Raise the Potential of Hourly Workers in 4 Simple Steps

Posted by Dara Warn on 8/19/14 10:00 AM

mcdonalds employees

It’s no surprise employees in retail, fast food, and trade industries don’t consider their hourly job a long-term gig. Often young, underpaid, and lacking motivation, the retail and QSR labor force frequently takes jobs without thought or hope of a future career. And it seems execs in these industries have not only grown accustomed to this type of attitude among their workers but have subconsciously condoned it as well. Finding loyal and long-term employees simply hasn’t been the priority for these employers—until now.

In retail and QSR, where annual turnover tops as much as 50 percent, lack of engagement is the ultimate barrier to an employee’s success with a company. To keep staff engaged, help workers realize their full potential. More employers are realizing the benefits of training staff for continuity, implementing training programs, and promoting higher education. Employee development efforts create valued company partners and end costly turnover rates. When companies invest in their workers, employees consequently become vested in the well-being of the company. And, employee satisfaction becomes apparent through enhanced performance and quality of work, which is valued by clients and consumers.

Raising the potential of your employees not only reduces turnover, it also increases employee satisfaction. Complement your business offerings with equally worthy associates. The more engaged workers are, the more likely they are to exude happiness in the form of improved customer satisfaction. Start reaping the benefits of engaged, empowered, and motivated employees in four easy steps:

1. Set the Stage With Induction Training

End the turnover cycle by engaging new employees through induction training. Rather than offering mere job options, induction training employs a long-term vision for the organization, one which workers consider themselves a “part of.” For many hourly workers, advancement within a company is not considered a viable option. By explaining a clearly defined career path to workers, managers and owners can inspire employee enthusiasm for the company. To elicit specific positive behaviors, walk employees through detailed expectations based on core values and goals and explain how meeting or exceeding these expectations can take them from a kitchen position to management and beyond.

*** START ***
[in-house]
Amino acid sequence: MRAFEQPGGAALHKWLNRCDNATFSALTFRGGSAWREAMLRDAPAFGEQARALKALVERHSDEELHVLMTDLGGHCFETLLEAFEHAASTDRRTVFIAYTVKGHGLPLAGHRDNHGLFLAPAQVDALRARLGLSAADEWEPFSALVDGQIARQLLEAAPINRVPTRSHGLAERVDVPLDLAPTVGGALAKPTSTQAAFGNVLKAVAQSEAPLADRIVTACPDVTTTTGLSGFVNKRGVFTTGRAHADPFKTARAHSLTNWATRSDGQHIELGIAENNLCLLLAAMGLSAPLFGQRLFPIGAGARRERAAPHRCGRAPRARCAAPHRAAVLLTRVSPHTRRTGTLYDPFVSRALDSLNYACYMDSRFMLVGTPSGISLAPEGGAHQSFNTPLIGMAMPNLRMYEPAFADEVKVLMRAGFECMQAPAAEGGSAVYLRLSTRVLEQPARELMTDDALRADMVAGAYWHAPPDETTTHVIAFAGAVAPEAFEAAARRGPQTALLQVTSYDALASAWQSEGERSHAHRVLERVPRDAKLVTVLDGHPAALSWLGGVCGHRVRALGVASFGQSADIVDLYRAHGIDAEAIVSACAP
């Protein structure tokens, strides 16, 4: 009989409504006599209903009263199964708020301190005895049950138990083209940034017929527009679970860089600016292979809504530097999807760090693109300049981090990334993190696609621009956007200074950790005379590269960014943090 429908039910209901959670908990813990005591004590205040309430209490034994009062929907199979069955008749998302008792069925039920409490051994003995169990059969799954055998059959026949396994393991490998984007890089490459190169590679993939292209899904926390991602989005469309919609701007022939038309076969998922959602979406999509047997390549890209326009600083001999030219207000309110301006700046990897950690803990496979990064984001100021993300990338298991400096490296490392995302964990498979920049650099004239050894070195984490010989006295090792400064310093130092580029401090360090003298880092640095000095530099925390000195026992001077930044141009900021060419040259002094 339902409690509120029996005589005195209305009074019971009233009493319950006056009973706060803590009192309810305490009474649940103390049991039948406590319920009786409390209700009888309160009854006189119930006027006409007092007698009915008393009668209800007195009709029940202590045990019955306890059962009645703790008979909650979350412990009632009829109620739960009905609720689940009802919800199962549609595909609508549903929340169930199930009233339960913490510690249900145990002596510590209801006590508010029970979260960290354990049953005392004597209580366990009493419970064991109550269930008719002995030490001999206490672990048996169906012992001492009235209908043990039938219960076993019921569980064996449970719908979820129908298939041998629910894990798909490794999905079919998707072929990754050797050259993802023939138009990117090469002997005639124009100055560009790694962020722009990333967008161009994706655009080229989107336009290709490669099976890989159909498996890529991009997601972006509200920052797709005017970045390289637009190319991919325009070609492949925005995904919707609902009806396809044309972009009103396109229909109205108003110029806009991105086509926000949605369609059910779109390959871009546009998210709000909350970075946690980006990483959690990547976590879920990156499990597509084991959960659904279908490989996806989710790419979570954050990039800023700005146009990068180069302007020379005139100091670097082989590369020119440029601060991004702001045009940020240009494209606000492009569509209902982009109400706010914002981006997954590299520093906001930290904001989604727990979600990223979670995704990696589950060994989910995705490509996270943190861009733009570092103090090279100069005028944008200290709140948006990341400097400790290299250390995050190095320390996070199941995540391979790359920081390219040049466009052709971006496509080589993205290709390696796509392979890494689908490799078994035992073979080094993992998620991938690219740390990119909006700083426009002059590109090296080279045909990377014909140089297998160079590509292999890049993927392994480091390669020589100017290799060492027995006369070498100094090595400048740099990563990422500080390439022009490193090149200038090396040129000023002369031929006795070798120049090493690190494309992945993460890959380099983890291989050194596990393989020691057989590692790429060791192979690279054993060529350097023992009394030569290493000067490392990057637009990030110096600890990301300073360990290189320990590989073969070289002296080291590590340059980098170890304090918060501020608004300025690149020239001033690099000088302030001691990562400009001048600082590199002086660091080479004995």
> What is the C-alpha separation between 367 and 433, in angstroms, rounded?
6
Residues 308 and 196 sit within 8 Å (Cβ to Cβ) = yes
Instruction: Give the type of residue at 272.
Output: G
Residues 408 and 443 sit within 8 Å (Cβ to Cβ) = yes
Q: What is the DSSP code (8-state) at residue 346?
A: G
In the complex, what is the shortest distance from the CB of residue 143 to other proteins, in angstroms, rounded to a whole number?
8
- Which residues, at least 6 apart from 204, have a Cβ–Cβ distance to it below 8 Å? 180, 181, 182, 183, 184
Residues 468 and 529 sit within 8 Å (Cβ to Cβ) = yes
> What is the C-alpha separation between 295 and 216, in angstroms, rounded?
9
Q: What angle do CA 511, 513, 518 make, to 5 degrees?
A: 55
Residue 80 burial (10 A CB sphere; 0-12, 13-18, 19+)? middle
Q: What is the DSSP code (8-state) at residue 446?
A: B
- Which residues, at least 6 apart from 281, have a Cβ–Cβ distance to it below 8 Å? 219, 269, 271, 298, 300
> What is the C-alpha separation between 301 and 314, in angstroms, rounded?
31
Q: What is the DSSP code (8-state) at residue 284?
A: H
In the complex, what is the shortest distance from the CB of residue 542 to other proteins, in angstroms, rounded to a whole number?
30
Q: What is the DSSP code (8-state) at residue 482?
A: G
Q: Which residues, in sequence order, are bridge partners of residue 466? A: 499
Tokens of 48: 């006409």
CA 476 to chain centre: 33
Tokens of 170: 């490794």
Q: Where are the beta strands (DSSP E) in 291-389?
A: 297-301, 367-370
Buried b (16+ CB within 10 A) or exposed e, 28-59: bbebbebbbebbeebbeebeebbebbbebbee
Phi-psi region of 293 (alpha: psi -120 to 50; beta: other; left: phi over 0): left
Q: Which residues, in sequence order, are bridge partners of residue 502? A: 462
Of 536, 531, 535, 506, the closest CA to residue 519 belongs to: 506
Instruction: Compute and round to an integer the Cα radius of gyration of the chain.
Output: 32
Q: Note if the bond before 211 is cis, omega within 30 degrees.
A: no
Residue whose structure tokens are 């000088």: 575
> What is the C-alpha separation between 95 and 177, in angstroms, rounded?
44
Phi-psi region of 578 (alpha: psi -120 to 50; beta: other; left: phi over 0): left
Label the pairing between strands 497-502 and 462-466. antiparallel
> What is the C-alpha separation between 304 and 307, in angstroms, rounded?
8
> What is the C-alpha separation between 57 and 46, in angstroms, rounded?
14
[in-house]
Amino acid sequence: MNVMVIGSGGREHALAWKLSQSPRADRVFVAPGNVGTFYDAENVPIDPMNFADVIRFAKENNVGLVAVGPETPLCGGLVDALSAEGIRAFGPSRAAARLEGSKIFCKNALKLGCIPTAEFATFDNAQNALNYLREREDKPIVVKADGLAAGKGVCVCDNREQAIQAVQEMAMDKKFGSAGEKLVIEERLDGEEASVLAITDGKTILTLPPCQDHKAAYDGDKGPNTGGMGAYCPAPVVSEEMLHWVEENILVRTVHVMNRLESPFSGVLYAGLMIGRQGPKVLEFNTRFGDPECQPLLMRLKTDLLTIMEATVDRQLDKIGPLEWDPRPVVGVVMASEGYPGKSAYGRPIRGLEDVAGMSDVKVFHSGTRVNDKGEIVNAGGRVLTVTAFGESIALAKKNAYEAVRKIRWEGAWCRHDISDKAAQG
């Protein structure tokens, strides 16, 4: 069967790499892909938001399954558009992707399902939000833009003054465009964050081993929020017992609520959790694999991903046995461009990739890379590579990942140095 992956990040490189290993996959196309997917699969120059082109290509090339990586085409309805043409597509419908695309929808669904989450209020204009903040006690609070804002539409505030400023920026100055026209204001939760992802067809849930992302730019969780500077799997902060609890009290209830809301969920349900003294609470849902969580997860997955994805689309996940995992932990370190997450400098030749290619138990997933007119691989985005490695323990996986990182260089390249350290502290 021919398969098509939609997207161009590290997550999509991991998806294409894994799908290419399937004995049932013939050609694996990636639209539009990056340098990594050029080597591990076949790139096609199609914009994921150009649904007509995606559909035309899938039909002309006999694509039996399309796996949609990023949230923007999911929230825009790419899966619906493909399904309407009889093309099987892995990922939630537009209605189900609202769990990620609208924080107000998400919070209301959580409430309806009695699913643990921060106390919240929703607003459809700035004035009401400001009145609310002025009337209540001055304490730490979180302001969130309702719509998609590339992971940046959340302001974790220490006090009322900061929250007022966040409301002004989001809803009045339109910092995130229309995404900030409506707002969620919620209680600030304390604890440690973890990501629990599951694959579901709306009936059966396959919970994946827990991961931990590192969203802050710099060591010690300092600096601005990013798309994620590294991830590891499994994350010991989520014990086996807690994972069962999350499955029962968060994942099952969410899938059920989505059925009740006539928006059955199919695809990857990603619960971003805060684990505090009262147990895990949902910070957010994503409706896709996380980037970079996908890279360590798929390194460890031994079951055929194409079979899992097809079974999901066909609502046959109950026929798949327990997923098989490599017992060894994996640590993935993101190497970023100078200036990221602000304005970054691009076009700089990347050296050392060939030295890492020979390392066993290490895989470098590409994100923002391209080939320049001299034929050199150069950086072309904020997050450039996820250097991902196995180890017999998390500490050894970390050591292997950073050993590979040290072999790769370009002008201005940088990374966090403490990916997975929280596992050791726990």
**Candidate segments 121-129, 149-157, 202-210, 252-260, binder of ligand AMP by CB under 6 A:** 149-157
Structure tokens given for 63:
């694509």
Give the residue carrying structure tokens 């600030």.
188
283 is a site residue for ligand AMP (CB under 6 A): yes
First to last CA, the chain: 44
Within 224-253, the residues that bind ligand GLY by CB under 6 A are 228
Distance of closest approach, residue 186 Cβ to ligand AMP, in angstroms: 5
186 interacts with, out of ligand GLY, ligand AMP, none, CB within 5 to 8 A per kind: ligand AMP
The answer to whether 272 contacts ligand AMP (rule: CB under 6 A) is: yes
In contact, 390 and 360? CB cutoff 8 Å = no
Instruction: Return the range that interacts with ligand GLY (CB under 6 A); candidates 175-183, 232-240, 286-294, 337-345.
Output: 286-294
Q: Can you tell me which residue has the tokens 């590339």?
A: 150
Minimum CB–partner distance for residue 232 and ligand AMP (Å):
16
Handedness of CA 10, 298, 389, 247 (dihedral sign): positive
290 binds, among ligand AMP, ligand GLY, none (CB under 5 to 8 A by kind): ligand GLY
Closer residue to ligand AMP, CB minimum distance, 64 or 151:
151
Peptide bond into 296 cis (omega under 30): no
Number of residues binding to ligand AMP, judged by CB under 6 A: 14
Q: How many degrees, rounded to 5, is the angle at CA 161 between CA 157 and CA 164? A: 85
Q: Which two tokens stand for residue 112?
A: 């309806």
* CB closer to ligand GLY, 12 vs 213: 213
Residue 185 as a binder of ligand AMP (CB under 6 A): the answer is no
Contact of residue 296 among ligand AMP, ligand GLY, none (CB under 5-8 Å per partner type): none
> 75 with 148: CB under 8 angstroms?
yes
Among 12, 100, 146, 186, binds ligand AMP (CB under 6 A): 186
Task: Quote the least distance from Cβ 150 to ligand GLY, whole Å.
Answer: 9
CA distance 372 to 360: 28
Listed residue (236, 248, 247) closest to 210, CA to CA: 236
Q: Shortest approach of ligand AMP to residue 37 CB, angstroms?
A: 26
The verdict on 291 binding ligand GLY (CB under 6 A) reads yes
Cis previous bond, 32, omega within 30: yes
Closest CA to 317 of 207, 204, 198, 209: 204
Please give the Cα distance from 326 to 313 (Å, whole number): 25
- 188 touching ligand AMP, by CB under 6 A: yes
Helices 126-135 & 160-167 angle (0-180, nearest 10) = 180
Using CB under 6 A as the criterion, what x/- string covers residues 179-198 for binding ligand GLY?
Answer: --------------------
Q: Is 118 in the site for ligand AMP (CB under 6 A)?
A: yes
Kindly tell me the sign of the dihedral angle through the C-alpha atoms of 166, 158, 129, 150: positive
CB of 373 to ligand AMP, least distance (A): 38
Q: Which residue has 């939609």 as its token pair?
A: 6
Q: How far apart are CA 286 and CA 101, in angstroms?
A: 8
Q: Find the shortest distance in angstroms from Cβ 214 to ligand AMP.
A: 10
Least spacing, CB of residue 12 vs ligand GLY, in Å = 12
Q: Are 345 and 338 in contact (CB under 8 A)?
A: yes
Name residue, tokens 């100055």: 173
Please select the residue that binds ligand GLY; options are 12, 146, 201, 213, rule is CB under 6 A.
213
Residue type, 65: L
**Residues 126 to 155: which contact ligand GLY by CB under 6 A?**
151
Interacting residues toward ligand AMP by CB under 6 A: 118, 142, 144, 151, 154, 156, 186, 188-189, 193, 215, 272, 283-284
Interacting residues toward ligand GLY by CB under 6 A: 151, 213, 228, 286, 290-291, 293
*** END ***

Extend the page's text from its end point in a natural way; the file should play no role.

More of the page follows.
2. Motivate With On-the-Job Training and Mentoring

Now that you’ve captured their attention, keep the momentum going with leadership development programs. On-site job training sessions and workshops on career-related topics
 not only help workers achieve their professional goals, but they also prove the company’s commitment to their future aspirations.

Continual training keeps the wheels of motivation turning by eliminating potential roadblocks due to both on-the-job frustrations as well as personal issues. Mentor programs provide companies with an inexpensive option for dual training opportunities by allowing experienced employees to give new staffers practical advice on daily job functions.  By working hand-in-hand to excel in essential job functions, both the mentor and the mentee gain valuable knowledge from each other. Additionally, through positive employee interaction, a mentor program strengthens company culture.

3. Encourage High School Completion

A lack of education, specifically not having a high school diploma, is often a hindrance for hourly employees and a barrier to advancement opportunities in the workplace. For many high school dropouts, jumping from one job to the next in hopes of a slight salary increase is the only form of advancement they know. When employees can’t move up to other positions because they don’t have a high school diploma, they are likely to jump from job to job. If your organization has spent the time to recruit and train productive employees, don’t risk losing them. Instead, give them the tools they need to gain the necessary skills to continue to thrive within your organization.

Consider offering a high school completion program. Programs like Penn Foster’s blended learning curriculum provides students with accessible training opportunities to help workers gain the skills needed to further their careers. A high school completion program can work hand-in-hand with on-the-job training for added results. Or, opt for other training solutions that hone in on career-specific fundamentals to help increase employee confidence and satisfaction their chosen careers.

4. Introduce Life Skills

Demonstrate your commitment to supporting work/life values with added benefits that help employees achieve personal goals. For example, companies like Valassis treat workers to lunchtime seminars that educate hourly employees about the best ways to save for retirement or purchase a new home. Other features like gym memberships and wellness screenings encourage positive habits that enhance home life that translates into on-the-job productivity.

Which step resonates the most with you? Let me know below, or on Twitter.

 

Topics: High School Completion, Employee Retention, Employers

 

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